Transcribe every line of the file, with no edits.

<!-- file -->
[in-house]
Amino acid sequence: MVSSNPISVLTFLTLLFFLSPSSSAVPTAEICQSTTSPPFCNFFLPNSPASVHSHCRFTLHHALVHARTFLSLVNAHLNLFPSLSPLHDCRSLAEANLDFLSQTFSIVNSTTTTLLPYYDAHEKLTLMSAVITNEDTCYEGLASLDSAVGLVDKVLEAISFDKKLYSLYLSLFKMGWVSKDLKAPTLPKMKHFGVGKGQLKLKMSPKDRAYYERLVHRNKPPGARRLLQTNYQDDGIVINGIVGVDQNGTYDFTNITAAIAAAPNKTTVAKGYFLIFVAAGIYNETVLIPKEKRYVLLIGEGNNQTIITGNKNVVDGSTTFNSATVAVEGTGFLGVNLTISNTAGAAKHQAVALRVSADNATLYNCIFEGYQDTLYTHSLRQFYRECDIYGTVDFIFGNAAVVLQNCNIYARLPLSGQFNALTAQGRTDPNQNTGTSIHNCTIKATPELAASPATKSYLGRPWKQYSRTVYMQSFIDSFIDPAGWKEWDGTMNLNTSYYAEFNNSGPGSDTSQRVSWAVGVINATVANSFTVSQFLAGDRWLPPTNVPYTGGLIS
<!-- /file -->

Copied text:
[in-house]
Amino acid sequence: MVSSNPISVLTFLTLLFFLSPSSSAVPTAEICQSTTSPPFCNFFLPNSPASVHSHCRFTLHHALVHARTFLSLVNAHLNLFPSLSPLHDCRSLAEANLDFLSQTFSIVNSTTTTLLPYYDAHEKLTLMSAVITNEDTCYEGLASLDSAVGLVDKVLEAISFDKKLYSLYLSLFKMGWVSKDLKAPTLPKMKHFGVGKGQLKLKMSPKDRAYYERLVHRNKPPGARRLLQTNYQDDGIVINGIVGVDQNGTYDFTNITAAIAAAPNKTTVAKGYFLIFVAAGIYNETVLIPKEKRYVLLIGEGNNQTIITGNKNVVDGSTTFNSATVAVEGTGFLGVNLTISNTAGAAKHQAVALRVSADNATLYNCIFEGYQDTLYTHSLRQFYRECDIYGTVDFIFGNAAVVLQNCNIYARLPLSGQFNALTAQGRTDPNQNTGTSIHNCTIKATPELAASPATKSYLGRPWKQYSRTVYMQSFIDSFIDPAGWKEWDGTMNLNTSYYAEFNNSGPGSDTSQRVSWAVGVINATVANSFTVSQFLAGDRWLPPTNVPYTGGLIS